Artificial Intelligence Act: EU completes first regulation on artificial intelligence

After three intense days of negotiations, the Commission welcomes the political agreement reached between the European Parliament and the Council on the Artificial Intelligence Act (AI Act), proposed by the Commission in April 2021, an interim agreement that marks a milestone in the regulation of AI globally. This landmark proposal aims to establish harmonized standards to ensure safety and respect for fundamental rights in the use of AI systems in the European market.

In the words of the President of the European Commission, Ursula von der Leyen, “today’s agreement focuses regulation on identifiable risks, provides legal certainty and paves the way for innovation in trusted AI. By ensuring the safety and fundamental rights of individuals and businesses, the Act will support the people-centric, transparent and accountable development, deployment and adoption of AI in the EU”.

The AI Act, which contains new rules applicable uniformly in all Member States, proposes a risk-based approach to regulating AI, where the rules become stricter as the potential risk of harm to society increases. Systems are classified into categories of minimum risk, high risk, unacceptable risk and specific transparency risk, establishing specific requirements for each category:

Low risk: Most artificial intelligence systems fall into the minimal risk category. Low-risk applications, such as recommendation systems and AI-based spam filters, will enjoy certain freedoms and exemptions, as they pose little or no risk to citizens’ rights and security. However, companies may choose to follow additional codes of conduct on a voluntary basis for these systems.

High risk: Artificial intelligence systems identified as high risk must meet rigorous requirements, including risk mitigation measures, high-quality data sets, activity logging, detailed documentation, clarity of information for the user, human oversight, and high standards for robustness, accuracy, and cybersecurity. Regulatory testing environments will facilitate responsible innovation and the development of safe AI systems.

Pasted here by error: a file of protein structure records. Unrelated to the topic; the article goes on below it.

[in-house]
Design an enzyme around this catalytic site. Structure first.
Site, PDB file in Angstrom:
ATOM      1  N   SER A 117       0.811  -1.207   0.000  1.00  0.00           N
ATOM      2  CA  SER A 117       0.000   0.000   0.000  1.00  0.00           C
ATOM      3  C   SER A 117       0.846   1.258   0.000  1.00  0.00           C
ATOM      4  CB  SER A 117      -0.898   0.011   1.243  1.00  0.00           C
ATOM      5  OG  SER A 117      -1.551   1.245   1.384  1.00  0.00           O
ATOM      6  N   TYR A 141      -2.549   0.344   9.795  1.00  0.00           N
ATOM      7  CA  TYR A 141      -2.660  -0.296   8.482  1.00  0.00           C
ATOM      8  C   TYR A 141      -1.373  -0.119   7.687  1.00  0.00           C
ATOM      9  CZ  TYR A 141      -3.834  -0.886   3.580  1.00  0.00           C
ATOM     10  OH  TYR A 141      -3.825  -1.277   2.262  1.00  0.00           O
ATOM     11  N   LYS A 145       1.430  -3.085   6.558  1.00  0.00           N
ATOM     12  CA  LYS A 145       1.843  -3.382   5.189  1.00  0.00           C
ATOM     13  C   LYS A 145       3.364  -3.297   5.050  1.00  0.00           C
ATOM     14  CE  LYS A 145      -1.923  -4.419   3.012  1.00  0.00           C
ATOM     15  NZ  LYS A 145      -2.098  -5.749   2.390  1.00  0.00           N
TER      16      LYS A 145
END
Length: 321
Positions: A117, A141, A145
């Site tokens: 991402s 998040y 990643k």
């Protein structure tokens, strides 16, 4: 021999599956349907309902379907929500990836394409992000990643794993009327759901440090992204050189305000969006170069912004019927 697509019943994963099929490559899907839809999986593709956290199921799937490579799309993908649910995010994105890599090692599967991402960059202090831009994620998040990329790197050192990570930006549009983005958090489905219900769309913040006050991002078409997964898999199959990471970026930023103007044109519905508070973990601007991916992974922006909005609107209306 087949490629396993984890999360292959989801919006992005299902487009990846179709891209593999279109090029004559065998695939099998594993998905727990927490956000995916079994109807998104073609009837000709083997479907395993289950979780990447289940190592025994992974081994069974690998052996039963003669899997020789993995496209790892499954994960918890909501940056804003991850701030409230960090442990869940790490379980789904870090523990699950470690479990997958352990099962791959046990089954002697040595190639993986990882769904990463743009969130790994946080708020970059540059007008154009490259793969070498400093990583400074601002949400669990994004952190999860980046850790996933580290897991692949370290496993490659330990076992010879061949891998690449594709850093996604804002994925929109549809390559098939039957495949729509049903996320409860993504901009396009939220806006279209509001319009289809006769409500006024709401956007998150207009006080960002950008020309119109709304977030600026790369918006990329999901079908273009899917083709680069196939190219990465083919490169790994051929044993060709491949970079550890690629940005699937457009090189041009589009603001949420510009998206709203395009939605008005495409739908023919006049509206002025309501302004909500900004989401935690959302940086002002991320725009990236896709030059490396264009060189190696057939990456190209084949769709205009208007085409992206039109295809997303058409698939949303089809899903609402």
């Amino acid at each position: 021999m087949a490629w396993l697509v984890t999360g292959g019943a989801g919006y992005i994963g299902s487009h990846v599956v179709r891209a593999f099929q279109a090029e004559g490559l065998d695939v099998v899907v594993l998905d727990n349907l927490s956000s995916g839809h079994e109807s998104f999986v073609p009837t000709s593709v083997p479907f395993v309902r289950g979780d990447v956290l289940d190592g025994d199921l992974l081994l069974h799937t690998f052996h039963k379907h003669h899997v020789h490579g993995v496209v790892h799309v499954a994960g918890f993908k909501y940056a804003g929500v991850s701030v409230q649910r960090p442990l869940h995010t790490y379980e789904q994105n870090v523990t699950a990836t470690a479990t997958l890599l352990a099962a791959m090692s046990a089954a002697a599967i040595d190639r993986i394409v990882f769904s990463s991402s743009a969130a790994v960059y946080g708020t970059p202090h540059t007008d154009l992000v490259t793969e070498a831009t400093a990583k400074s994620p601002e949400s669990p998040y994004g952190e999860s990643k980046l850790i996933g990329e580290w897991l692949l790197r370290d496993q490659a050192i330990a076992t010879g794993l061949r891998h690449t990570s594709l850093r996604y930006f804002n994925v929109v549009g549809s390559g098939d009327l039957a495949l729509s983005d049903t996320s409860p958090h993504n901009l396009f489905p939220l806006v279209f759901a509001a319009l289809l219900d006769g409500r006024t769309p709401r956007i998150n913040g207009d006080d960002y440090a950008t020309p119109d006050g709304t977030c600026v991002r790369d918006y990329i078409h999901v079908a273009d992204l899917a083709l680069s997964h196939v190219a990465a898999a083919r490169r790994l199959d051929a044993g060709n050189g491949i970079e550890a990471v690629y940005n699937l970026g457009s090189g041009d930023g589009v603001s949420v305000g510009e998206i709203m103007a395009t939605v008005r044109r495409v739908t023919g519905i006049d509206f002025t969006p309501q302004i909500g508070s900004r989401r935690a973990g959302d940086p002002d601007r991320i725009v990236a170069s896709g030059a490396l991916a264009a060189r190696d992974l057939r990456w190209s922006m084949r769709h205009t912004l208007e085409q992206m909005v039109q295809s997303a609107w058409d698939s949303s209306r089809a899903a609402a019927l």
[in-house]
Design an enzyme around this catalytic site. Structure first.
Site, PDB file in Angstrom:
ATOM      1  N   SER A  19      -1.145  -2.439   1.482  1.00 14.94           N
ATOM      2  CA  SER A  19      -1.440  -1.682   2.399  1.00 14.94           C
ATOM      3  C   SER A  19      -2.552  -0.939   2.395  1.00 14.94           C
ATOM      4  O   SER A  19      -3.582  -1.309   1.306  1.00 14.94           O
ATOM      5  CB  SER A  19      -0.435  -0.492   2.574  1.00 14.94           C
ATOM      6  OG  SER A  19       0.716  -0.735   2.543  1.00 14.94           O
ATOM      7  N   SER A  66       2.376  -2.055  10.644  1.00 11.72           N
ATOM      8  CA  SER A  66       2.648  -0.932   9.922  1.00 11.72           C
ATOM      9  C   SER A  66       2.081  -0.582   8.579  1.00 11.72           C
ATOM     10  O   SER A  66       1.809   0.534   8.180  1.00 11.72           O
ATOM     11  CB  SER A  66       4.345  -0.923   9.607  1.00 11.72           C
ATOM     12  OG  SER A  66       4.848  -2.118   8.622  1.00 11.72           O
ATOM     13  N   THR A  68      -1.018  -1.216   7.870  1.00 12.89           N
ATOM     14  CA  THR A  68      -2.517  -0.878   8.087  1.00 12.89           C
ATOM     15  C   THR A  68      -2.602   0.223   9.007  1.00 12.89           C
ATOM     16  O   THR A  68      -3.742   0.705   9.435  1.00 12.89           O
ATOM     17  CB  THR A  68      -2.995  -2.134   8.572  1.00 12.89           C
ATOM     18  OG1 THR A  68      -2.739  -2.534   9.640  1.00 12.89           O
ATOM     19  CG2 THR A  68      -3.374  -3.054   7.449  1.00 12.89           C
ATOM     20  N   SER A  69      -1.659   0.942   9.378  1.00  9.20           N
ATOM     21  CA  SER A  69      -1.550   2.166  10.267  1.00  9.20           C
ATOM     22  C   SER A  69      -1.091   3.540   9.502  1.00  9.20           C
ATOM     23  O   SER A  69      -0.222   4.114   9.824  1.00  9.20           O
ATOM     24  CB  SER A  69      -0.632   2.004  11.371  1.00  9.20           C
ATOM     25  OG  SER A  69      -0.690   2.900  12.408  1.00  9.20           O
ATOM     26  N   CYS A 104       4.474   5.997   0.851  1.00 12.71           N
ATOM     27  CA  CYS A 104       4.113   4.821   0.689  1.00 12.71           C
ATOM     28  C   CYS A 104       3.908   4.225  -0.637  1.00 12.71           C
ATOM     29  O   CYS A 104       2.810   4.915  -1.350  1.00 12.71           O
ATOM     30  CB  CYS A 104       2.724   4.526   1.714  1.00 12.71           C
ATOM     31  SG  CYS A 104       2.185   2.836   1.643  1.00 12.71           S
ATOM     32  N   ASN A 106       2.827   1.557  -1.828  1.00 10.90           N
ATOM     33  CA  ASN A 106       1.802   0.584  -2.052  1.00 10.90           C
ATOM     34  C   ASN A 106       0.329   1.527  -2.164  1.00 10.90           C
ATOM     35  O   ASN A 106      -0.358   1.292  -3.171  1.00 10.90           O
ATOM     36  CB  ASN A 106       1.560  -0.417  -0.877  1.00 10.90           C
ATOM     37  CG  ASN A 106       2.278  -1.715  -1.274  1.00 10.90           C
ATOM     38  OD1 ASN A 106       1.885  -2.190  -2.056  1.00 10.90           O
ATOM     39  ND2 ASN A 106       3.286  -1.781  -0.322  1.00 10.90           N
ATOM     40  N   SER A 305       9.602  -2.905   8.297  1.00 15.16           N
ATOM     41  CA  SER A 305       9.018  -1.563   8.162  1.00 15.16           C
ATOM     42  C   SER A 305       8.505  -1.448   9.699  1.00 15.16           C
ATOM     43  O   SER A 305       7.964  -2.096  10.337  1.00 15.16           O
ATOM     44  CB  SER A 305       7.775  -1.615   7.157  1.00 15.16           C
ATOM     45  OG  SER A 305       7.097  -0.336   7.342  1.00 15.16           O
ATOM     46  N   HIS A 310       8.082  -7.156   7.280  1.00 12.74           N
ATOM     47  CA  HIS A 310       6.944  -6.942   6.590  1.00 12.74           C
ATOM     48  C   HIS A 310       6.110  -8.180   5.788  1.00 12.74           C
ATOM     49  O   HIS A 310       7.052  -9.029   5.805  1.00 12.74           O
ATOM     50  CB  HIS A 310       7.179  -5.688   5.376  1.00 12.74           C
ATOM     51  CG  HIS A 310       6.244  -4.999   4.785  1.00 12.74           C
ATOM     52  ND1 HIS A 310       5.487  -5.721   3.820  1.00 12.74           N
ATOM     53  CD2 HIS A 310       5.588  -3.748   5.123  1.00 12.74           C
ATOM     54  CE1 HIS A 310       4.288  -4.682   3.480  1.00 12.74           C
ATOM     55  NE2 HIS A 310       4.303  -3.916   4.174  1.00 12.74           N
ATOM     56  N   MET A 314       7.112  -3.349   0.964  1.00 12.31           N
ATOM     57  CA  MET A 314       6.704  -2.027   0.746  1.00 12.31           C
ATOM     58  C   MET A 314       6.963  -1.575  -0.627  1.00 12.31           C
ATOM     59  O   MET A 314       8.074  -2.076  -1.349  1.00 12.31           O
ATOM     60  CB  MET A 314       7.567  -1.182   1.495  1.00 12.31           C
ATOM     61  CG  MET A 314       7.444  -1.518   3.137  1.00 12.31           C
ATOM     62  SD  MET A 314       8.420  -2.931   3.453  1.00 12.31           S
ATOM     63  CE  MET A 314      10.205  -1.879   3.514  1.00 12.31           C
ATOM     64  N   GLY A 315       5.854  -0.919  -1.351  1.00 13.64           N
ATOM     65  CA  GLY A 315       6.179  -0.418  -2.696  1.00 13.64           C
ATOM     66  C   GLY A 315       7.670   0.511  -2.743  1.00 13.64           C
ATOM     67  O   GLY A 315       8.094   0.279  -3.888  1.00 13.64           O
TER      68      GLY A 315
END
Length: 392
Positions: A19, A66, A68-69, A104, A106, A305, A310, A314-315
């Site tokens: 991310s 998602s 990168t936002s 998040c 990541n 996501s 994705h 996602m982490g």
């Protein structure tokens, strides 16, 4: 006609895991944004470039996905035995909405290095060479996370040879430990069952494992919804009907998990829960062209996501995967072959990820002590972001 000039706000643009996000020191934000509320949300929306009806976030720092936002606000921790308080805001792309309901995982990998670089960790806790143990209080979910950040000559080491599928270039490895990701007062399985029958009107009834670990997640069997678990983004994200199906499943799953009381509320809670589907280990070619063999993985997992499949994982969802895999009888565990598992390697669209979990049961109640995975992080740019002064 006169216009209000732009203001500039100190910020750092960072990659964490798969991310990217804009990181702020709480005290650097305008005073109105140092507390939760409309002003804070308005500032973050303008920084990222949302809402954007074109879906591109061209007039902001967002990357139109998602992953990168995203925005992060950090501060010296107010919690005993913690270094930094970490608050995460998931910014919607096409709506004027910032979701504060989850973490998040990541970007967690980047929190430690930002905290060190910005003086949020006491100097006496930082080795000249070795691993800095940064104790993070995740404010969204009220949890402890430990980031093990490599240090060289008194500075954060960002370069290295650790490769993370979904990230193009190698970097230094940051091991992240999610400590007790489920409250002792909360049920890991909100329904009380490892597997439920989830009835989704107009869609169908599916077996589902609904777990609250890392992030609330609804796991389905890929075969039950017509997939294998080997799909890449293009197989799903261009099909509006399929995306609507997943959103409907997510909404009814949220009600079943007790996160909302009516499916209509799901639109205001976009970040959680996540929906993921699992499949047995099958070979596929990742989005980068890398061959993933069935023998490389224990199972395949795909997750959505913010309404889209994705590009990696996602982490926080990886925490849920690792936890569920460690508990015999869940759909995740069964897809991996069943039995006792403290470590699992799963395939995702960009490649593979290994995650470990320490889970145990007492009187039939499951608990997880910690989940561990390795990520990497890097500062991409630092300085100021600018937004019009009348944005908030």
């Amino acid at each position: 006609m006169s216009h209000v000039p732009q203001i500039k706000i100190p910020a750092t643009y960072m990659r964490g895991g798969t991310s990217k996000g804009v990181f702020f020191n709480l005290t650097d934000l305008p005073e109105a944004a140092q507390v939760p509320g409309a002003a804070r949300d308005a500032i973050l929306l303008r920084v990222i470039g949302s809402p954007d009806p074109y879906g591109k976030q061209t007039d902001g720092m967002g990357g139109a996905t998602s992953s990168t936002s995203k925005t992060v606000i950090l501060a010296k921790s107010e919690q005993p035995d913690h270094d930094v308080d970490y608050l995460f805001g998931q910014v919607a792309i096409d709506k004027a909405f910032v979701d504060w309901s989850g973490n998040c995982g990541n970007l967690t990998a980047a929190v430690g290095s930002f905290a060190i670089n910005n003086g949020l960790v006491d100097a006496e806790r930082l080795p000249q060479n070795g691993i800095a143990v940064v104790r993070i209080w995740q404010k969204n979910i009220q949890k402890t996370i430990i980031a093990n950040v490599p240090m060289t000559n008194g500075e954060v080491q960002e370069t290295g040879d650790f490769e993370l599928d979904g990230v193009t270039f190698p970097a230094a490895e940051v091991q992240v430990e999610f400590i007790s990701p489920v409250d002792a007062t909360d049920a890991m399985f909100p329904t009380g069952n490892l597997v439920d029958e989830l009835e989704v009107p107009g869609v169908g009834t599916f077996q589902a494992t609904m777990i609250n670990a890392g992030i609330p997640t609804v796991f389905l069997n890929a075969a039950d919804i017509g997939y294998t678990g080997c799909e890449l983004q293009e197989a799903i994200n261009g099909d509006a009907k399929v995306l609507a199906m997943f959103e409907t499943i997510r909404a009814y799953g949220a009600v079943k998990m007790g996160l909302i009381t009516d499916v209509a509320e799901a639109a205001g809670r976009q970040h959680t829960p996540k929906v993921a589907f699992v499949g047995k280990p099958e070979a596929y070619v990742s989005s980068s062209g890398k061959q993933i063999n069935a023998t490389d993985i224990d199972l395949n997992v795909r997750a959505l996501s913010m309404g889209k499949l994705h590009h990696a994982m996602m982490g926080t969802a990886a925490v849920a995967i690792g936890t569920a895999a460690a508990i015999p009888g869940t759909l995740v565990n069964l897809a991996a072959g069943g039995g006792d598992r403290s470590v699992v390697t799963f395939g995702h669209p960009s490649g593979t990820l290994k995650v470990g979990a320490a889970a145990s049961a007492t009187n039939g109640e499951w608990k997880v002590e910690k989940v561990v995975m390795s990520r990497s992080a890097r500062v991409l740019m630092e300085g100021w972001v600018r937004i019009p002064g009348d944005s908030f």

Unacceptable risk: AI systems that pose a clear threat to the fundamental rights of individuals shall be prohibited. This includes systems that manipulate human behavior to circumvent free will, such as toys that encourage dangerous behavior in children, government or corporate “social scoring” systems, and certain predictive policing applications. In addition, some uses of biometric systems, such as emotion recognition in the workplace and real-time remote biometric identification for law enforcement purposes in public spaces, are prohibited, with limited exceptions.

Specific transparency risk: When using AI systems such as chatbots, users must be aware that they are interacting with a machine. Deepfakes and other AI-generated content should be labeled as such, and users should be informed when biometric categorization or emotion recognition systems are used. In addition, suppliers must design systems so that synthetic content is legibly and detectably marked as artificially generated or manipulated.


To ensure proper compliance, fines for violations of the IA Act will be imposed on companies that fail to adhere to the regulations. In this regard, fines would range from €35 million or 7% of global annual turnover (whichever is greater) for violations of prohibited AI applications, €15 million or 3% for violations of other obligations and €7.5 million or 1.5% for providing incorrect information. More proportionate limits are provided for administrative fines for SMEs and start-ups in case of violations of the AI Law.

Entry into force and next steps

The interim agreement establishes that the IA Law will apply two years after its entry into force, with some exceptions: the prohibitions will enter into force after 6 months, and the general rules on IA will apply after 12 months.

To cover the period before the Act becomes generally applicable, the Commission will launch an AI Compact, inviting AI developers from Europe and around the world to voluntarily commit to meeting key obligations ahead of the legal deadlines. In addition, the European Union will continue to work in international fora such as the G7, OECD, Council of Europe, G20 and the United Nations to promote standards for reliable AI.

It is expected that, following the signing of the provisional agreement, work will continue to finalize the details of the new regulation, which will then be submitted to the representatives of the member states for approval.

The European Union’s Artificial Intelligence Act represents a crucial step towards the global regulation of AI, establishing rules that seek to ensure safety, respect for fundamental rights and the promotion of innovation in this field. Its implementation could set a precedent for future regulations worldwide, consolidating European leadership in the formulation of technology policies.



This publication does not constitute legal advice.


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